Internet Kill Switch
Leaders everywhere fervently pray for a “kill switch” for the Internet. Many of them undoubtedly have projects underway, or perhaps have completed such projects, within the bounds of their reach. Governments and like entities that would exercise control over information have good reason to be concerned about control of the Internet, in the wake of Wikileaks and the Arab Spring. As a result, we, the people who would be controlled in such a manner, should become more aware of Internet control issues.
The Internet was designed, perhaps diabolically in the minds of the military industrial complex that funded its development, to resist being cut off or broken. Internet protocols will try endlessly to find any route possible that will get around road blocks and interruptions that are thrown in the way of the flow of information. The Internet (capital I) is not one network, but a network of thousands of smaller internets (lowercase i) that are autonomously operated. These smaller networks include cable companies, phone companies, Internet transit companies such as Level(3), and “ISP”s, all of which are potentially dispensable and not critical to the operation if the Internet. Even users have choice in how they connect. If you home connection is shut off, there is the Internet cafe, etc. This decentralized design was intentional, and does have the effect of resisting centralized control. And who would want centralized control anyway? Only those who would control the flow of information. Just what we don’t want. Right? One would hope.
This was all very obvious to users of the early Internet. But many users have come on board since the commercialization of the Internet who have no clue what the Internet really is, how it works, or why it was designed the way it is. This lack of awareness is, as is often the case, a threat to our freedom. Some education is in order. The need, and a partial solution, is manifested in the recently formed “Chokepoint Project“.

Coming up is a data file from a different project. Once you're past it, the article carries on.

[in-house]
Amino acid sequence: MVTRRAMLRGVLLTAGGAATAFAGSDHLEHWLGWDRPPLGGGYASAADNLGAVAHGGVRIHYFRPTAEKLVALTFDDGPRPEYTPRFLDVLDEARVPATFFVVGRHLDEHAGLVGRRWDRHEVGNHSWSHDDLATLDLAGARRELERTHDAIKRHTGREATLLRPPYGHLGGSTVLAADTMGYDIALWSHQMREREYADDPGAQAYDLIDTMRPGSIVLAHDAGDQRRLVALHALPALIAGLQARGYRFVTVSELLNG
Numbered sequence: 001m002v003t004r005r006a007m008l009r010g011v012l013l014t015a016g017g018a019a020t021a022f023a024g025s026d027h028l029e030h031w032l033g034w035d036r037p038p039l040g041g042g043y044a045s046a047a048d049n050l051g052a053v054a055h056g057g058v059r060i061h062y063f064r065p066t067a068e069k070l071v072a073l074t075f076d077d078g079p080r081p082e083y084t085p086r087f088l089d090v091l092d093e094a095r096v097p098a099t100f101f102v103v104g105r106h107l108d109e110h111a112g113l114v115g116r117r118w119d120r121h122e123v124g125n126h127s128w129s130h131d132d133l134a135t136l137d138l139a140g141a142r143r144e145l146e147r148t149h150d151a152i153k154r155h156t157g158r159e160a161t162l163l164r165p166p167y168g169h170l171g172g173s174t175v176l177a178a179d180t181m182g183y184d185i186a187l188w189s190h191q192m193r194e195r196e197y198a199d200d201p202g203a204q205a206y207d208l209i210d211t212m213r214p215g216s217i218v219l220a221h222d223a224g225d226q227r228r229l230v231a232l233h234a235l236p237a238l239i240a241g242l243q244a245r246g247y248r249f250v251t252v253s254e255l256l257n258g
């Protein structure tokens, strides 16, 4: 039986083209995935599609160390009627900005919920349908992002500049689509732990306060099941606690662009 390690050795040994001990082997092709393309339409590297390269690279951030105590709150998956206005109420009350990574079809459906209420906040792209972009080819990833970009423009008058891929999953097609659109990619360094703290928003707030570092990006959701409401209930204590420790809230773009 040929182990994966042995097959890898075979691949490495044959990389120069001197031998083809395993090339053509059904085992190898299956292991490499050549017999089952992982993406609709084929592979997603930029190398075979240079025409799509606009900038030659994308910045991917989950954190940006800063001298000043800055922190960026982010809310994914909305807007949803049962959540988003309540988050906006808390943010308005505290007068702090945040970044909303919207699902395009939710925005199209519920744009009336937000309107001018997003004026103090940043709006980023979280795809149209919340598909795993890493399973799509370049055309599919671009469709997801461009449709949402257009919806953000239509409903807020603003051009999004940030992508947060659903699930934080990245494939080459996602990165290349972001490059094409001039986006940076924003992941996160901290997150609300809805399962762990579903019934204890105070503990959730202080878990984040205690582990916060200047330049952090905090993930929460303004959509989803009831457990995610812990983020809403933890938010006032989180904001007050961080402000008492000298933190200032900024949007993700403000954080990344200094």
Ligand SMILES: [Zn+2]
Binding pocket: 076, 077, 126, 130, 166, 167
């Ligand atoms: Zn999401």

Introducing the Chokepoint Project
On February 27th, 2011, the order was given to “turn off” the Internet in Egypt, limiting communications and voiding commerce conducted online. Egyptian Internet services resumed on February 2nd. Fastforward just a few weeks later, this time Libya commences its disconnect February 18th, with a blackout occurring March 4th.
Shutting down the Internet in two countries sent shock-waves across the world. We also heard people like American Senator Liberman asking for access to a similar kill switch. These actions force us all to ask ‘Who owns The Internet?” and what are the implications of the said controls over connectivity and scenarios for their use?
If you believe the Internet is not something that can or should be soley controlled by politicians or people inside the higher echelons of nation states, resulting in situations like Egypt and Libya, we’d love to tell you about what we are building.
The Choke Point Project addresses the events of recent months with the clear aim of mapping nodes of Internet connectivity and who maintains their control and what this may mean. We believe there is the need for a more decentralized Internet beyond the complete control of nation states and corporate influence.
A quick look at the Chokepoint Website leaves the impression that it is produced by individuals who never knew a world without the Internet, and do not fully grasp what it is or how it fits (and does not fit) with the world in which we live. Nor are the issues of privacy and control apparently fully grasped. But it’s an important start. It’s important work, and there are many who need to be educated to the threat that controlling power poses. One is immediately concerned that a road map is being produced that will greatly assist those who would exercise control over the Internet. But knowledge is power, more so when placed in the hands of the public than when placed in the hands of insulated power-mad bureaucrats and their minions.